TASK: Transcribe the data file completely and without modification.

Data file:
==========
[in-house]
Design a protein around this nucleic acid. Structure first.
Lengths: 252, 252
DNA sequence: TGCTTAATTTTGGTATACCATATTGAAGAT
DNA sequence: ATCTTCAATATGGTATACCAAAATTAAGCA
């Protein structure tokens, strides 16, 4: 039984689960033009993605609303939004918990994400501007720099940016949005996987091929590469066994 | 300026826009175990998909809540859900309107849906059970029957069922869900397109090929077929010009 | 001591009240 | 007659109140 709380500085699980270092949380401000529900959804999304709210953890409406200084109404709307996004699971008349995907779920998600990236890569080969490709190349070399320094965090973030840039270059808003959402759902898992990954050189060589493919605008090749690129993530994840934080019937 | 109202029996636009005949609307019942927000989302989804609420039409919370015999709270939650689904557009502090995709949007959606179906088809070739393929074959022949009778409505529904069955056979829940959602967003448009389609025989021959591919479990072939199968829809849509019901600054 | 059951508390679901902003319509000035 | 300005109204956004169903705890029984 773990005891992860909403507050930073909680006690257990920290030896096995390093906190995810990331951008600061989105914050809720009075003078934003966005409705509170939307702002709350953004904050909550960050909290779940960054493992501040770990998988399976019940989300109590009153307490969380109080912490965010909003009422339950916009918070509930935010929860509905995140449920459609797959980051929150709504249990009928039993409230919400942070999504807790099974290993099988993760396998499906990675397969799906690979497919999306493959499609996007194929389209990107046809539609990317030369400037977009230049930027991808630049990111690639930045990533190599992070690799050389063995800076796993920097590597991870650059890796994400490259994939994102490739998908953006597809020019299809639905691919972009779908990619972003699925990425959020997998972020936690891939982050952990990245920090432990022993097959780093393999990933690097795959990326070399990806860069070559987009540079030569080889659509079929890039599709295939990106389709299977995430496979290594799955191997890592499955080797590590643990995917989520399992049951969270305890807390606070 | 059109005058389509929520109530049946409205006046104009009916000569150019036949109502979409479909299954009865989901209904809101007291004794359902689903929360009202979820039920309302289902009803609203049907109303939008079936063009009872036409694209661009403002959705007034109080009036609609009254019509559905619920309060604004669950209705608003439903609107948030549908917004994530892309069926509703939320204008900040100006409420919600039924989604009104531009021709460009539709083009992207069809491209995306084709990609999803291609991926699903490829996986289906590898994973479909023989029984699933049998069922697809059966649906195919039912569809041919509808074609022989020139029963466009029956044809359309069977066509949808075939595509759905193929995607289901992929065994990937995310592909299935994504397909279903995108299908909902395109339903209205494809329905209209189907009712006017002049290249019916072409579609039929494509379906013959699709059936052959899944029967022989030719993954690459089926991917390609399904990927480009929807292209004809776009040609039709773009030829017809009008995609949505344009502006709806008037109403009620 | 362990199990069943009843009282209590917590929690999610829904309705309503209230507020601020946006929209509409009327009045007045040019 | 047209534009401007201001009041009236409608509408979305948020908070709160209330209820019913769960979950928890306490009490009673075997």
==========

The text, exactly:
[in-house]
Design a protein around this nucleic acid. Structure first.
Lengths: 252, 252
DNA sequence: TGCTTAATTTTGGTATACCATATTGAAGAT
DNA sequence: ATCTTCAATATGGTATACCAAAATTAAGCA
């Protein structure tokens, strides 16, 4: 039984689960033009993605609303939004918990994400501007720099940016949005996987091929590469066994 | 300026826009175990998909809540859900309107849906059970029957069922869900397109090929077929010009 | 001591009240 | 007659109140 709380500085699980270092949380401000529900959804999304709210953890409406200084109404709307996004699971008349995907779920998600990236890569080969490709190349070399320094965090973030840039270059808003959402759902898992990954050189060589493919605008090749690129993530994840934080019937 | 109202029996636009005949609307019942927000989302989804609420039409919370015999709270939650689904557009502090995709949007959606179906088809070739393929074959022949009778409505529904069955056979829940959602967003448009389609025989021959591919479990072939199968829809849509019901600054 | 059951508390679901902003319509000035 | 300005109204956004169903705890029984 773990005891992860909403507050930073909680006690257990920290030896096995390093906190995810990331951008600061989105914050809720009075003078934003966005409705509170939307702002709350953004904050909550960050909290779940960054493992501040770990998988399976019940989300109590009153307490969380109080912490965010909003009422339950916009918070509930935010929860509905995140449920459609797959980051929150709504249990009928039993409230919400942070999504807790099974290993099988993760396998499906990675397969799906690979497919999306493959499609996007194929389209990107046809539609990317030369400037977009230049930027991808630049990111690639930045990533190599992070690799050389063995800076796993920097590597991870650059890796994400490259994939994102490739998908953006597809020019299809639905691919972009779908990619972003699925990425959020997998972020936690891939982050952990990245920090432990022993097959780093393999990933690097795959990326070399990806860069070559987009540079030569080889659509079929890039599709295939990106389709299977995430496979290594799955191997890592499955080797590590643990995917989520399992049951969270305890807390606070 | 059109005058389509929520109530049946409205006046104009009916000569150019036949109502979409479909299954009865989901209904809101007291004794359902689903929360009202979820039920309302289902009803609203049907109303939008079936063009009872036409694209661009403002959705007034109080009036609609009254019509559905619920309060604004669950209705608003439903609107948030549908917004994530892309069926509703939320204008900040100006409420919600039924989604009104531009021709460009539709083009992207069809491209995306084709990609999803291609991926699903490829996986289906590898994973479909023989029984699933049998069922697809059966649906195919039912569809041919509808074609022989020139029963466009029956044809359309069977066509949808075939595509759905193929995607289901992929065994990937995310592909299935994504397909279903995108299908909902395109339903209205494809329905209209189907009712006017002049290249019916072409579609039929494509379906013959699709059936052959899944029967022989030719993954690459089926991917390609399904990927480009929807292209004809776009040609039709773009030829017809009008995609949505344009502006709806008037109403009620 | 362990199990069943009843009282209590917590929690999610829904309705309503209230507020601020946006929209509409009327009045007045040019 | 047209534009401007201001009041009236409608509408979305948020908070709160209330209820019913769960979950928890306490009490009673075997």